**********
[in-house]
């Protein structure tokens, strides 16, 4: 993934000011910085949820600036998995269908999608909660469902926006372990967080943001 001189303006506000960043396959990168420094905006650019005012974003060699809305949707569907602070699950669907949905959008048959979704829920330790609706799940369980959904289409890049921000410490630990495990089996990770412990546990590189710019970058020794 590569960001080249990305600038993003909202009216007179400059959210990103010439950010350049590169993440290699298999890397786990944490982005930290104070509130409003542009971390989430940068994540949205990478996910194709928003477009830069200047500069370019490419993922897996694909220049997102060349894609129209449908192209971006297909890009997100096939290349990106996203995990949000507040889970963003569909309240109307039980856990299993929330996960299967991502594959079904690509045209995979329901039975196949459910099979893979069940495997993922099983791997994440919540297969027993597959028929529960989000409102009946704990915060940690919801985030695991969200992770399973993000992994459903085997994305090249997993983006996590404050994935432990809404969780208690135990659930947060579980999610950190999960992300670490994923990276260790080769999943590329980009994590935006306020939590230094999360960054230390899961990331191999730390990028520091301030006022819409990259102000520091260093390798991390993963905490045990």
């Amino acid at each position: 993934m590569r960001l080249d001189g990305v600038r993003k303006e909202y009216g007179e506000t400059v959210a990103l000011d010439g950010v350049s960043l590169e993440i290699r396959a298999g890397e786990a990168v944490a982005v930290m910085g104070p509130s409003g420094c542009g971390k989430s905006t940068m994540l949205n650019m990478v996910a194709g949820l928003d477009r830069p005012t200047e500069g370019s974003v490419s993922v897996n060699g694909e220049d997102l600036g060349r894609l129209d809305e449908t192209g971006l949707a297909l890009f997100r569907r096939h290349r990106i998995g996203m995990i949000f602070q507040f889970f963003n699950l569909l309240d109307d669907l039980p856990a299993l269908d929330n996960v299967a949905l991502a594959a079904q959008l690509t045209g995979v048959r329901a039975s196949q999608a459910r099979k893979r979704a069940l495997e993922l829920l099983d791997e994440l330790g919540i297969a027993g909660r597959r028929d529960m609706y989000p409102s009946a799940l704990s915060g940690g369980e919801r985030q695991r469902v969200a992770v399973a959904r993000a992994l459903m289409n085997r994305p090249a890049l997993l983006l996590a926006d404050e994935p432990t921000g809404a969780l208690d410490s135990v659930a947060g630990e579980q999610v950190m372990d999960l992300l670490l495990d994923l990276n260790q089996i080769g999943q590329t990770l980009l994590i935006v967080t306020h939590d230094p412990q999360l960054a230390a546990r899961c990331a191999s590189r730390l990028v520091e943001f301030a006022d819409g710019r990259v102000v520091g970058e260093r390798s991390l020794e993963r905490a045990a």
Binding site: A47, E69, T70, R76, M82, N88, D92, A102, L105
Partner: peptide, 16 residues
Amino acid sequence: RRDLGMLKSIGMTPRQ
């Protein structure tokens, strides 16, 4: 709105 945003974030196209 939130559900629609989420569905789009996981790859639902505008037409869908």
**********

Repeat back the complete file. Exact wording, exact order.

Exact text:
[in-house]
């Protein structure tokens, strides 16, 4: 993934000011910085949820600036998995269908999608909660469902926006372990967080943001 001189303006506000960043396959990168420094905006650019005012974003060699809305949707569907602070699950669907949905959008048959979704829920330790609706799940369980959904289409890049921000410490630990495990089996990770412990546990590189710019970058020794 590569960001080249990305600038993003909202009216007179400059959210990103010439950010350049590169993440290699298999890397786990944490982005930290104070509130409003542009971390989430940068994540949205990478996910194709928003477009830069200047500069370019490419993922897996694909220049997102060349894609129209449908192209971006297909890009997100096939290349990106996203995990949000507040889970963003569909309240109307039980856990299993929330996960299967991502594959079904690509045209995979329901039975196949459910099979893979069940495997993922099983791997994440919540297969027993597959028929529960989000409102009946704990915060940690919801985030695991969200992770399973993000992994459903085997994305090249997993983006996590404050994935432990809404969780208690135990659930947060579980999610950190999960992300670490994923990276260790080769999943590329980009994590935006306020939590230094999360960054230390899961990331191999730390990028520091301030006022819409990259102000520091260093390798991390993963905490045990």
């Amino acid at each position: 993934m590569r960001l080249d001189g990305v600038r993003k303006e909202y009216g007179e506000t400059v959210a990103l000011d010439g950010v350049s960043l590169e993440i290699r396959a298999g890397e786990a990168v944490a982005v930290m910085g104070p509130s409003g420094c542009g971390k989430s905006t940068m994540l949205n650019m990478v996910a194709g949820l928003d477009r830069p005012t200047e500069g370019s974003v490419s993922v897996n060699g694909e220049d997102l600036g060349r894609l129209d809305e449908t192209g971006l949707a297909l890009f997100r569907r096939h290349r990106i998995g996203m995990i949000f602070q507040f889970f963003n699950l569909l309240d109307d669907l039980p856990a299993l269908d929330n996960v299967a949905l991502a594959a079904q959008l690509t045209g995979v048959r329901a039975s196949q999608a459910r099979k893979r979704a069940l495997e993922l829920l099983d791997e994440l330790g919540i297969a027993g909660r597959r028929d529960m609706y989000p409102s009946a799940l704990s915060g940690g369980e919801r985030q695991r469902v969200a992770v399973a959904r993000a992994l459903m289409n085997r994305p090249a890049l997993l983006l996590a926006d404050e994935p432990t921000g809404a969780l208690d410490s135990v659930a947060g630990e579980q999610v950190m372990d999960l992300l670490l495990d994923l990276n260790q089996i080769g999943q590329t990770l980009l994590i935006v967080t306020h939590d230094p412990q999360l960054a230390a546990r899961c990331a191999s590189r730390l990028v520091e943001f301030a006022d819409g710019r990259v102000v520091g970058e260093r390798s991390l020794e993963r905490a045990a």
Binding site: A47, E69, T70, R76, M82, N88, D92, A102, L105
Partner: peptide, 16 residues
Amino acid sequence: RRDLGMLKSIGMTPRQ
């Protein structure tokens, strides 16, 4: 709105 945003974030196209 939130559900629609989420569905789009996981790859639902505008037409869908």